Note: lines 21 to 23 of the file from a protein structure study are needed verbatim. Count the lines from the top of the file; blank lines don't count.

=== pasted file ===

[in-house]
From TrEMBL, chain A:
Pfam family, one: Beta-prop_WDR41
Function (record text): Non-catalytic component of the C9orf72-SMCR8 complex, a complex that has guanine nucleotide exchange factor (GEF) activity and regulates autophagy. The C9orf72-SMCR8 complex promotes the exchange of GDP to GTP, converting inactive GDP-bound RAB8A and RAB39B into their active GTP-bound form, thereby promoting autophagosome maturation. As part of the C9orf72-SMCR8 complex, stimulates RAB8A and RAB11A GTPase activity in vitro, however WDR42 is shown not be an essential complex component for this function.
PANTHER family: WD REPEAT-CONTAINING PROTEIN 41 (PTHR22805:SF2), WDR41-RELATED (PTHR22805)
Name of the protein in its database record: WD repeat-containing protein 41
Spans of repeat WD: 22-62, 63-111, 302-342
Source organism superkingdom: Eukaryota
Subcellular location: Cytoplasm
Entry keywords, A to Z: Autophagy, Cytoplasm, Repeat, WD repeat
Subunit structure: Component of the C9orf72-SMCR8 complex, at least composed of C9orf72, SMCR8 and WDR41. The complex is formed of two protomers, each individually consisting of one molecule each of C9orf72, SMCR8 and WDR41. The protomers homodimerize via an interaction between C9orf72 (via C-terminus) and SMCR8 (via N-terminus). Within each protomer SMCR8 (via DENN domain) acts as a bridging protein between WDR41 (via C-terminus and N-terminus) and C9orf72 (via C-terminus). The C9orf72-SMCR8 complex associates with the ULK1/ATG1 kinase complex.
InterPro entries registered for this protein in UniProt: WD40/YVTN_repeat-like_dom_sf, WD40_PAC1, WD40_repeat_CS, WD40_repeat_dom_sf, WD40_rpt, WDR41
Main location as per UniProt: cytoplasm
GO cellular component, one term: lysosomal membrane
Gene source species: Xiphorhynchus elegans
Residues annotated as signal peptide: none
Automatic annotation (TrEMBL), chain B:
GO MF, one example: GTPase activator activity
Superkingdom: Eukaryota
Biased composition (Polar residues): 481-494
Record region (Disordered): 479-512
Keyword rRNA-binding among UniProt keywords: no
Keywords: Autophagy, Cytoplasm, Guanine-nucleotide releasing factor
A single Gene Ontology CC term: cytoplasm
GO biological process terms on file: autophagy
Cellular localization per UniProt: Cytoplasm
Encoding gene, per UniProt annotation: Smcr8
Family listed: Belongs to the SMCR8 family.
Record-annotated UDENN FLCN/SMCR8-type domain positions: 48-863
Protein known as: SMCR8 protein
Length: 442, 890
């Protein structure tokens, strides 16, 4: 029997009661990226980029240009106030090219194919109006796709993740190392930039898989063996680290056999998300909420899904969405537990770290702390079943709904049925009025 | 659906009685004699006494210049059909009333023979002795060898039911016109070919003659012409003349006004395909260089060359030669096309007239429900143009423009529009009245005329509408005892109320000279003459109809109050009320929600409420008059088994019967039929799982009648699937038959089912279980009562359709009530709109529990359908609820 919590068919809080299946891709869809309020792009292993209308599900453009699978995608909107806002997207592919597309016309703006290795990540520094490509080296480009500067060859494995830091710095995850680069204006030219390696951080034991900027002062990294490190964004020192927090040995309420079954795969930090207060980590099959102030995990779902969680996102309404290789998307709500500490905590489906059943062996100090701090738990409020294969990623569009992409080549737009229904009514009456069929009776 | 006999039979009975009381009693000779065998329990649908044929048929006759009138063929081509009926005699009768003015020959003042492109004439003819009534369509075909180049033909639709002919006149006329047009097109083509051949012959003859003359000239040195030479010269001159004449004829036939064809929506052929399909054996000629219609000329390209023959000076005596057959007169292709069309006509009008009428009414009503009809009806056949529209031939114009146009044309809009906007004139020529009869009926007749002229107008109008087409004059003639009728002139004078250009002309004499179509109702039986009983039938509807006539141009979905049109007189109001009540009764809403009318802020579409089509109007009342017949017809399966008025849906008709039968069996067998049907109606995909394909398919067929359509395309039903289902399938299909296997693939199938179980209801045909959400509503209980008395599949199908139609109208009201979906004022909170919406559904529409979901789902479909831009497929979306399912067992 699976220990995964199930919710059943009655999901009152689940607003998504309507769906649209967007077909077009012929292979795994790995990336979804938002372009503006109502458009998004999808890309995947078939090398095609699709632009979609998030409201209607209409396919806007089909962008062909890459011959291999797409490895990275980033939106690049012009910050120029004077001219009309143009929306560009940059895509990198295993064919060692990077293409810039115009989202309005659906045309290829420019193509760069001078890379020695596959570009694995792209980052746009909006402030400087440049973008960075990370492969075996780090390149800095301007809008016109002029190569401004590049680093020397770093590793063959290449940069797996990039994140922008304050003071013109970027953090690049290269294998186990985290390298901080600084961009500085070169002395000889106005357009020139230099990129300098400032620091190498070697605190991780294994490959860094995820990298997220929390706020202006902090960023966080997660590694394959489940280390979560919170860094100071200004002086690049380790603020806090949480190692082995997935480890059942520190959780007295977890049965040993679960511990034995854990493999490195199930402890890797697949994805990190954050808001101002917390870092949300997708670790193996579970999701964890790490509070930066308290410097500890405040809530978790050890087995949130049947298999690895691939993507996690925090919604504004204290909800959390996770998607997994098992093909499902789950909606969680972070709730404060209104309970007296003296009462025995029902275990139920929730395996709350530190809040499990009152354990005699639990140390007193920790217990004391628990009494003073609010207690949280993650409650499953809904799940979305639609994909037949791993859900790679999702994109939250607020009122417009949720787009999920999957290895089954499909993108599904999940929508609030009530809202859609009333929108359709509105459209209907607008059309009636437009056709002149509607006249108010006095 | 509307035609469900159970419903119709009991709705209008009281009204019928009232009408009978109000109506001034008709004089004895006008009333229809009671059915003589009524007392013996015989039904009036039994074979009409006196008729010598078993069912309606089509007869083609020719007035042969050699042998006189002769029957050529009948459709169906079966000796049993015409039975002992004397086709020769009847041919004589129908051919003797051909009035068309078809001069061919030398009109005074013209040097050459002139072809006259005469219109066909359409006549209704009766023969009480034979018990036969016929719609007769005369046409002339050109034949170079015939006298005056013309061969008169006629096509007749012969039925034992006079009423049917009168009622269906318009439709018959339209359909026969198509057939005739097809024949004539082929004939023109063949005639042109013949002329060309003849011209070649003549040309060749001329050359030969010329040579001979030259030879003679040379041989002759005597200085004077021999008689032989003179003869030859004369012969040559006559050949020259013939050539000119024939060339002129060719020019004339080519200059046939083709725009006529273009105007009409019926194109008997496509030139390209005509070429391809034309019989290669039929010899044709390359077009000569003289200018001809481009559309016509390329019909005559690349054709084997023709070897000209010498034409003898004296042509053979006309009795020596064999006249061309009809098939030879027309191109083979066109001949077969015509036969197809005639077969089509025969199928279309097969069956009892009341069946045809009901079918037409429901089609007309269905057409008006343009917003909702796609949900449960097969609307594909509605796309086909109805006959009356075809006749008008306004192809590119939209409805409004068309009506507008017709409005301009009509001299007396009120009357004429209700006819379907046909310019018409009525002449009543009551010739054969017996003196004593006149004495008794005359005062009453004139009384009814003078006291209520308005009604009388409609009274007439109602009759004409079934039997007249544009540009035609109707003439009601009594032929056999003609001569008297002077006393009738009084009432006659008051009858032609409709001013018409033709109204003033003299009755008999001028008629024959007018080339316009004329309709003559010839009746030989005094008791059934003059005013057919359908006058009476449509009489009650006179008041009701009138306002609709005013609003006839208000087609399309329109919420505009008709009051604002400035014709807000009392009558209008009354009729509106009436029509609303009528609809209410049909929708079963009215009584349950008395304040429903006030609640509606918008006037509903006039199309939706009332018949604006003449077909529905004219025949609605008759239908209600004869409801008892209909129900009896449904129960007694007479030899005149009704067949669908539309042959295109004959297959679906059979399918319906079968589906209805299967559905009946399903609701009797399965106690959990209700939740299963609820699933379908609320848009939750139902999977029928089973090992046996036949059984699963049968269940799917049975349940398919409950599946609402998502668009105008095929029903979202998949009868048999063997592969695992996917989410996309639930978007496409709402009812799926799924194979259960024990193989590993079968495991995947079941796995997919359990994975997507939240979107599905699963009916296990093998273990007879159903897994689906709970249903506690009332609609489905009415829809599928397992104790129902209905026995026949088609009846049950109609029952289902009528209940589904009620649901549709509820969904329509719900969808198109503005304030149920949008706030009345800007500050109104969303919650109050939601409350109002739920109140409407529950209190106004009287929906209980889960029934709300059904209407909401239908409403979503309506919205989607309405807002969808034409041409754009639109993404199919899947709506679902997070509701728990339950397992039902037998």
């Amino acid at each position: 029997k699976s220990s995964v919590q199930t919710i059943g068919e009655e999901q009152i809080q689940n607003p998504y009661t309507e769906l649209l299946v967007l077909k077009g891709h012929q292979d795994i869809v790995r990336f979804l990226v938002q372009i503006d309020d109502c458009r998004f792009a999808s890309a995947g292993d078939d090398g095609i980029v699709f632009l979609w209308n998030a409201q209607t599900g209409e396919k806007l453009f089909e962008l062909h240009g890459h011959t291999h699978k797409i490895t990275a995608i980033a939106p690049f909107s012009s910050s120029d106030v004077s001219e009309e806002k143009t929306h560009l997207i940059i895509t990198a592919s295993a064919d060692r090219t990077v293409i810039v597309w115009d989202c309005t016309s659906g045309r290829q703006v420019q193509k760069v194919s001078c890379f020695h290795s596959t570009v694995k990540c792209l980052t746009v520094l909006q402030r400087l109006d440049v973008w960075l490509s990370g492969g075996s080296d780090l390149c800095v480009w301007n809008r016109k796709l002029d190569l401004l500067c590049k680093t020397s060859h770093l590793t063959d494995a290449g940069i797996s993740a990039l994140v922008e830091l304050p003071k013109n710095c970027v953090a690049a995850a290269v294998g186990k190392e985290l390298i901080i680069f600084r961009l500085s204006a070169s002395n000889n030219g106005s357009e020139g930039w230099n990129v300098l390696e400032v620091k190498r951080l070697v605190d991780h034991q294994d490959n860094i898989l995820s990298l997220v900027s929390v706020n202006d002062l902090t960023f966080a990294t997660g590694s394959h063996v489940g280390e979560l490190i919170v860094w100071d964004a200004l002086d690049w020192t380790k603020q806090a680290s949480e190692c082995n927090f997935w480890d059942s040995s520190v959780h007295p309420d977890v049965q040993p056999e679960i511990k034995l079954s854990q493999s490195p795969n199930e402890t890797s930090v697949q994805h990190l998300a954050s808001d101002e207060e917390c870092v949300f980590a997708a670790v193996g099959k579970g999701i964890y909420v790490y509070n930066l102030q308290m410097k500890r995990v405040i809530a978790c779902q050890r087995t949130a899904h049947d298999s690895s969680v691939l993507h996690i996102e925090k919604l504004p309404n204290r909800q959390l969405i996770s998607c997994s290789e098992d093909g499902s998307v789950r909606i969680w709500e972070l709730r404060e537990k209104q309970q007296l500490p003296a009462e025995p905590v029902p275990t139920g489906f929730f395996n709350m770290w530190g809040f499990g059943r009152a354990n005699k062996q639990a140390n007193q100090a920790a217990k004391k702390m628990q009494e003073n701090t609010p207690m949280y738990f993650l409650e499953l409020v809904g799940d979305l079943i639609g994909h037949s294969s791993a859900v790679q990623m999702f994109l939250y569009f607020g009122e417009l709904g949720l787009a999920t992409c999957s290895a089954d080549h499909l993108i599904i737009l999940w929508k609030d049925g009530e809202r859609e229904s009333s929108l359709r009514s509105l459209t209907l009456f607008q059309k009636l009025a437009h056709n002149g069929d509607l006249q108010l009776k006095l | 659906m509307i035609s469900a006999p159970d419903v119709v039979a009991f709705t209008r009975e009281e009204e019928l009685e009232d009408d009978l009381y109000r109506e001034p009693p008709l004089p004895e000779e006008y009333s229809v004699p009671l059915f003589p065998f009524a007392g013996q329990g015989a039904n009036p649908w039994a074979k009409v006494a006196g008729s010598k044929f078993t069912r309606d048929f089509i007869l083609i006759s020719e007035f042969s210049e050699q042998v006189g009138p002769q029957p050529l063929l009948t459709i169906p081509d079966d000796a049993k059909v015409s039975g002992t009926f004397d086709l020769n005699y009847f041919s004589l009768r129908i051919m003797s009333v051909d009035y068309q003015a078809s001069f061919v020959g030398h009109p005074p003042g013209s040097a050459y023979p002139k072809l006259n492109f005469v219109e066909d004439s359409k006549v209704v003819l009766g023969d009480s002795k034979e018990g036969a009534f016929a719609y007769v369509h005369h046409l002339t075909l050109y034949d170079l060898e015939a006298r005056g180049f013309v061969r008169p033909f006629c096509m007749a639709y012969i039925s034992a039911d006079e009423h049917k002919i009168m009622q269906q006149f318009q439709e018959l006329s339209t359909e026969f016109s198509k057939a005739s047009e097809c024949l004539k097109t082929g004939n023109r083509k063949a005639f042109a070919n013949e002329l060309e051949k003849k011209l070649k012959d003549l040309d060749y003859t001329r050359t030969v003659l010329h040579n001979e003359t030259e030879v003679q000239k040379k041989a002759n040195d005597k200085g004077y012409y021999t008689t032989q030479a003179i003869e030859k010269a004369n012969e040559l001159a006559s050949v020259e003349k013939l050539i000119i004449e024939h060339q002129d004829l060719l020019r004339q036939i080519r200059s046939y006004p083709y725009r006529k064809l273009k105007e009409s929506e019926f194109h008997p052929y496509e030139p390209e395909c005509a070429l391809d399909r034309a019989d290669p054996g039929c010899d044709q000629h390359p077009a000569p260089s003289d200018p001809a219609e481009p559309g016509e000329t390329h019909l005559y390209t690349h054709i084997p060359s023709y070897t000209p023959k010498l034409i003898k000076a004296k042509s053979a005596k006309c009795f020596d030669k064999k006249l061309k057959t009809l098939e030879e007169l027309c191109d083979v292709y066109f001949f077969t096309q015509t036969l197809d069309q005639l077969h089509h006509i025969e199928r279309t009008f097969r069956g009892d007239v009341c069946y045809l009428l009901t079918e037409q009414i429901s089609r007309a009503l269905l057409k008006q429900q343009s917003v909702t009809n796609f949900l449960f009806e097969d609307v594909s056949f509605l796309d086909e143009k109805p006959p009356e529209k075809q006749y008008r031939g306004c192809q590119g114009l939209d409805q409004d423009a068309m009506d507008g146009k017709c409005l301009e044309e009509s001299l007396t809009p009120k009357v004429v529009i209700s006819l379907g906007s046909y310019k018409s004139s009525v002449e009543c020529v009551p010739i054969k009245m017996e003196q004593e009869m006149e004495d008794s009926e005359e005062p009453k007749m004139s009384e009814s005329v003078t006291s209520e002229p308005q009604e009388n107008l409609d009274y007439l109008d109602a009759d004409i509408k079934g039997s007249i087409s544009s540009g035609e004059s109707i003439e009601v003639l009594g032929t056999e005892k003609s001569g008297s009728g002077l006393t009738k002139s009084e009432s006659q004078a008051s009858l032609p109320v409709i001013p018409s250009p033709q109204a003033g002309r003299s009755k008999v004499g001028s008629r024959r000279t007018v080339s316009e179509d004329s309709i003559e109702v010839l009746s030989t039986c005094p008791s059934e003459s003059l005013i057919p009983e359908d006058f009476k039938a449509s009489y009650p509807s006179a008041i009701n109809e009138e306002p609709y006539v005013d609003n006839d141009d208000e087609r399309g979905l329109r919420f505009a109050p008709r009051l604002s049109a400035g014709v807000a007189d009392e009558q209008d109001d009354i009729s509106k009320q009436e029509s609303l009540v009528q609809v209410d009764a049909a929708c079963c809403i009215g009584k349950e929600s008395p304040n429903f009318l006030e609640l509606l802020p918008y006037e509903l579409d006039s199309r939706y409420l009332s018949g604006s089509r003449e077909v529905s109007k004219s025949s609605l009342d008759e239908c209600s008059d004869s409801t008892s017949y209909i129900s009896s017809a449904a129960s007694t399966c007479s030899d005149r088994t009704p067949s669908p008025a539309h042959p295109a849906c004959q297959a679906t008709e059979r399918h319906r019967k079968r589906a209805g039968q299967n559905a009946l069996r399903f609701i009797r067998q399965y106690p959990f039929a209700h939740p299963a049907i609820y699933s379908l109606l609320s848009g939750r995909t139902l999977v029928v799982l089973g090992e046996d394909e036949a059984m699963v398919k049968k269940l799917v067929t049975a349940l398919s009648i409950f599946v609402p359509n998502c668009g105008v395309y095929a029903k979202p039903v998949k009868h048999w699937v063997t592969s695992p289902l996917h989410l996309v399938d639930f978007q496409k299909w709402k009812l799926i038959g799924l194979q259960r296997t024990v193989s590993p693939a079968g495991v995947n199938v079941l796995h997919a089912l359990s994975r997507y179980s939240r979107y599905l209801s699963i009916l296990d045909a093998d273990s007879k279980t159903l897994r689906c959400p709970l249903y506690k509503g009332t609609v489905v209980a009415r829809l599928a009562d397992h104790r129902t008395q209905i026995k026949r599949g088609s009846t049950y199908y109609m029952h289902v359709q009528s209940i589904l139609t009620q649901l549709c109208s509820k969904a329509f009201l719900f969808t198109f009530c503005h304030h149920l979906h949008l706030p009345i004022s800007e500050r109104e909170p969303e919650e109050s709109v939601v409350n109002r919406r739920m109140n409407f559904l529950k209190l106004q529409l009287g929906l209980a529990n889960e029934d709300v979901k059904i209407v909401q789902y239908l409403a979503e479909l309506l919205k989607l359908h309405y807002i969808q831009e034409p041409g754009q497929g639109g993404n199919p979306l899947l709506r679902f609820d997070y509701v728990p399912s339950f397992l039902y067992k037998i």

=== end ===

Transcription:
Record region (Disordered): 479-512
Keyword rRNA-binding among UniProt keywords: no
Keywords: Autophagy, Cytoplasm, Guanine-nucleotide releasing factor